Real-world AI startup Recipe-as-a-service raises $4M in seed funding | New
Real-world AI startup AICrete announced that it has raised $4 million in seed funding led by venture capital firms CLEAR Ventures and VoLo Earth Ventures, as well as Cortical Ventures.
AICrete is a recipe-as-a-service platform that optimizes materials for cleaner, more cost-effective concrete. The company responds to the wastefulness of conventional concrete production which often relies on “gut feeling” to come up with mix recipes. However, the resulting concoctions aren’t always necessarily the most cost-effective or eco-friendly option. This under-optimization leads to waste and sustainability issues in a trillion dollar industry responsible for 8-10% of the world’s carbon dioxide emissions.
AICrete solves this problem by using artificial intelligence (AI), machine learning, and domain knowledge to create more optimal concrete mixes for ready-mix and precast concrete producers. Customers indicate the properties and goals they want to achieve and provide data sheets on the raw materials and costs of the concrete mixes they want AICrete to optimize. The company then tests various raw material combinations to meet customer goals while minimizing cost and carbon dioxide per cubic meter. According to AICrete, this method enables concrete producers to reduce their carbon footprint by up to 35%.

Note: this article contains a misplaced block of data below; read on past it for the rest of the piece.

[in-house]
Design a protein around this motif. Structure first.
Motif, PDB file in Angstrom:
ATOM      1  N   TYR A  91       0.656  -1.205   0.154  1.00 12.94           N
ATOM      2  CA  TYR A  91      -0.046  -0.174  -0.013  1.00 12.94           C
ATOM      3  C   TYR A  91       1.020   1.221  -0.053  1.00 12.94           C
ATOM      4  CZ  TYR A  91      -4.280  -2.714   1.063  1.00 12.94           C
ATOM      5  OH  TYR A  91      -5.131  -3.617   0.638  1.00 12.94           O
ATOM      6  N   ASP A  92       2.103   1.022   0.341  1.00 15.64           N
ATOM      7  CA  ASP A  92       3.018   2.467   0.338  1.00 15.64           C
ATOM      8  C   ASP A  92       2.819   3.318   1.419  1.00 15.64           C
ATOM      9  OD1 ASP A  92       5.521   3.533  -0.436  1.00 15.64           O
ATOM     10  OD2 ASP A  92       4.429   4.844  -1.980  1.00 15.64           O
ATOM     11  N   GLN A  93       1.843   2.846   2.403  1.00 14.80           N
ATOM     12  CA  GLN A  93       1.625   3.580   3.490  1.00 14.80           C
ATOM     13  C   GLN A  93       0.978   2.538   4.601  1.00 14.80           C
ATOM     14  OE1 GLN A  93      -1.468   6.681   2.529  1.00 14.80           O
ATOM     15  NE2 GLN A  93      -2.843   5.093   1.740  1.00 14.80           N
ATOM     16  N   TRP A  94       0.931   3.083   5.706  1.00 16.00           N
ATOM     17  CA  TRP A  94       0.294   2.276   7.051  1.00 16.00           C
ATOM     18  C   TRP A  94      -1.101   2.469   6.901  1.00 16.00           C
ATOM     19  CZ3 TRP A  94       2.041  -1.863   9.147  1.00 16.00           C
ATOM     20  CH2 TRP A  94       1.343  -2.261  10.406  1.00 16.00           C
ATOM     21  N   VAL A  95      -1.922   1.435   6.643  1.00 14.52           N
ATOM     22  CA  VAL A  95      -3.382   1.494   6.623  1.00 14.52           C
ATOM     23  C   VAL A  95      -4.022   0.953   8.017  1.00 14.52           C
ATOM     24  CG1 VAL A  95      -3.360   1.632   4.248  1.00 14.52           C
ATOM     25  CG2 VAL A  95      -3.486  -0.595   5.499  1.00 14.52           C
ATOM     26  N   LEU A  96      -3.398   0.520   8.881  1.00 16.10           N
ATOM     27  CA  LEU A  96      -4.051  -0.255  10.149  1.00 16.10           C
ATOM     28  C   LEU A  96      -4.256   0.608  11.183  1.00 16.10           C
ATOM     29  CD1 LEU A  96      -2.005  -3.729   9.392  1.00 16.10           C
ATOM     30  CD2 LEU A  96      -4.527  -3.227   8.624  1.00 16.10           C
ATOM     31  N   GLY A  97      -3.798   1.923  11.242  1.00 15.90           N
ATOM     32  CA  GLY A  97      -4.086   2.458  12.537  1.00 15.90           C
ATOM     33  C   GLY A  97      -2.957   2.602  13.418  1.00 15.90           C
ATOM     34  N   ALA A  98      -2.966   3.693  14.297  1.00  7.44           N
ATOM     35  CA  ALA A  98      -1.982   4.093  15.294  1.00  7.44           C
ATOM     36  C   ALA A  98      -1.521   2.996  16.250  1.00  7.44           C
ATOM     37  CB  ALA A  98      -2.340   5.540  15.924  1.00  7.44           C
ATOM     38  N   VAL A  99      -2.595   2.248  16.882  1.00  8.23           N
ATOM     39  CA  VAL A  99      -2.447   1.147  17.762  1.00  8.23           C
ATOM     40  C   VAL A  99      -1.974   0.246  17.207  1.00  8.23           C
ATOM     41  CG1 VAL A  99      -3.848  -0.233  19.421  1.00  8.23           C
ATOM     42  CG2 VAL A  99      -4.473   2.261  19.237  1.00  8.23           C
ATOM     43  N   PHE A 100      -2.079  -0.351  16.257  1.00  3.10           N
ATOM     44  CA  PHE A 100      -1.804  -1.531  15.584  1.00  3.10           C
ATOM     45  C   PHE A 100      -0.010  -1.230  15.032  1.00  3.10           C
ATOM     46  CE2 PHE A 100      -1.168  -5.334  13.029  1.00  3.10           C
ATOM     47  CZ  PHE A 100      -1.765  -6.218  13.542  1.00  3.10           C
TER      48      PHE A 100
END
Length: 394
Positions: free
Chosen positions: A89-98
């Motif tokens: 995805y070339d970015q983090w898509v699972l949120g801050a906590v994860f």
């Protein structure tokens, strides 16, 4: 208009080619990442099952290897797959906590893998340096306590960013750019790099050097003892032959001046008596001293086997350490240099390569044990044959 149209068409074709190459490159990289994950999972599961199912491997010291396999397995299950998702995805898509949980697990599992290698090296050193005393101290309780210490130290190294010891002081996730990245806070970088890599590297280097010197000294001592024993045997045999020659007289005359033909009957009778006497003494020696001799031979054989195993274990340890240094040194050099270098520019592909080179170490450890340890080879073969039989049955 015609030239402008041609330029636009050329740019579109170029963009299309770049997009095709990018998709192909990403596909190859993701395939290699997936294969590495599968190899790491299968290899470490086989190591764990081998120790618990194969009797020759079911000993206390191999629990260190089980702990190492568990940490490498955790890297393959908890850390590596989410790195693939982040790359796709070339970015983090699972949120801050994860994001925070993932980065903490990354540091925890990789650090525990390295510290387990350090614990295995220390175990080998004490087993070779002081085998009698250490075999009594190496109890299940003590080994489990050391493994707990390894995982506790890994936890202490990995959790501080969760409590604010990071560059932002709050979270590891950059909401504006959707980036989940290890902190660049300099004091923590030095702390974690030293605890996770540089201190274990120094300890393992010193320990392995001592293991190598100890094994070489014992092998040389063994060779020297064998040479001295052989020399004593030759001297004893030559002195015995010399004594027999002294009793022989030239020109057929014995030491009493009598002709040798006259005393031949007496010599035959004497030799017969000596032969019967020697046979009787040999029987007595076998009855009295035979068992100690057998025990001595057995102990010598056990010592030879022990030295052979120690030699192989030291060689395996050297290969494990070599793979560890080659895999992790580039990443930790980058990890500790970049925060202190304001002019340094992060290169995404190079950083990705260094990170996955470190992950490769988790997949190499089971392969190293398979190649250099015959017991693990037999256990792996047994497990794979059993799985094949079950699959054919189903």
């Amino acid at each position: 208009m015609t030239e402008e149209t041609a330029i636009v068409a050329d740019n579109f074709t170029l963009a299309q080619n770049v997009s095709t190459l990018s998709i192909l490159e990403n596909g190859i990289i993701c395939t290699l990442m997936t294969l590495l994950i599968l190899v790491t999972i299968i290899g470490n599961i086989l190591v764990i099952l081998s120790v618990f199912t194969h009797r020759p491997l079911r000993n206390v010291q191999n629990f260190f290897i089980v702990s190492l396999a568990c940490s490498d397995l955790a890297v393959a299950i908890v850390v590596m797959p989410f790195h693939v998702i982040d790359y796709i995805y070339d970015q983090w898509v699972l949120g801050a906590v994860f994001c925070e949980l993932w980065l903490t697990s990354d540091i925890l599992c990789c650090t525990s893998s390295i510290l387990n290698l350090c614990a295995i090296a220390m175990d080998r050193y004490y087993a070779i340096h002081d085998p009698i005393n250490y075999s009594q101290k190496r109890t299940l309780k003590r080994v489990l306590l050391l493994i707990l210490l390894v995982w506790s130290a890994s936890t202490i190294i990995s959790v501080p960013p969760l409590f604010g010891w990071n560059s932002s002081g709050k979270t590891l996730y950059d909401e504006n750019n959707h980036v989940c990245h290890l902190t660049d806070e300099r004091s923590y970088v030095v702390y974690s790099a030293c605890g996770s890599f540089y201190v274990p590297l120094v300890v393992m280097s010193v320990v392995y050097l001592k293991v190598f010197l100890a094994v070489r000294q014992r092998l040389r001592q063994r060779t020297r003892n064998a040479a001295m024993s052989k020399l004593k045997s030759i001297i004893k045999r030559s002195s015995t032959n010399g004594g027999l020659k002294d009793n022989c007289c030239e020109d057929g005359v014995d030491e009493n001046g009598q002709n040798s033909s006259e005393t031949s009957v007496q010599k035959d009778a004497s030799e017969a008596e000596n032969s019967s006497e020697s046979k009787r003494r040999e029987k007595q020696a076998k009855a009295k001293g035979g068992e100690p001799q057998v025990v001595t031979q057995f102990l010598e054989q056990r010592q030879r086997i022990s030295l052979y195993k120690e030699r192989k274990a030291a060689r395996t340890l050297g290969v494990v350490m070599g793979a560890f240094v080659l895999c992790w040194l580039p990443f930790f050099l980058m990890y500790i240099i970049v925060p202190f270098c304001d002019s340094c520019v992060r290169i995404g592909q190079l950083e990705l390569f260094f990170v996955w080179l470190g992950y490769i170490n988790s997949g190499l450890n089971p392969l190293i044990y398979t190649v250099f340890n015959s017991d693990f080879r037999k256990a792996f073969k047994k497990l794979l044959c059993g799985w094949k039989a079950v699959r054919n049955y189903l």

“The AICrete technology is a great approach and should be of great benefit to many concrete producers,” said Martin Scheiber, director of manufacturing at Clark Pacific, a manufacturer of precast building systems. “The increasingly complex nature of material selection and proportioning, along with the continued increase in raw material costs as well as the reduction in the overall carbon footprint of concrete will dictate the need for this type of service for teams. of R&D, quality and operations of the entire industry.”
According to AICrete’s press release, the company will use this round of funding to expand its proof-of-concept program to several key concrete producers; expand its database and improve its predictive machine learning models; and developing software and robotic systems to automate data collection.
Although AICrete offers a service that mitigates the environmental impacts of the concrete industry, it could be argued that reducing concrete producers’ carbon emissions by 35% is still not enough. This is particularly poignant as alternatives to concrete and construction grow and gain popularity, such as 3D printing or organic building materials. With ambitious goals, including the goal of reducing carbon dioxide emissions by a quarter by 2030 and achieving carbon neutral concrete by 2050, the continued use of concrete, even more optimized, should be questioned.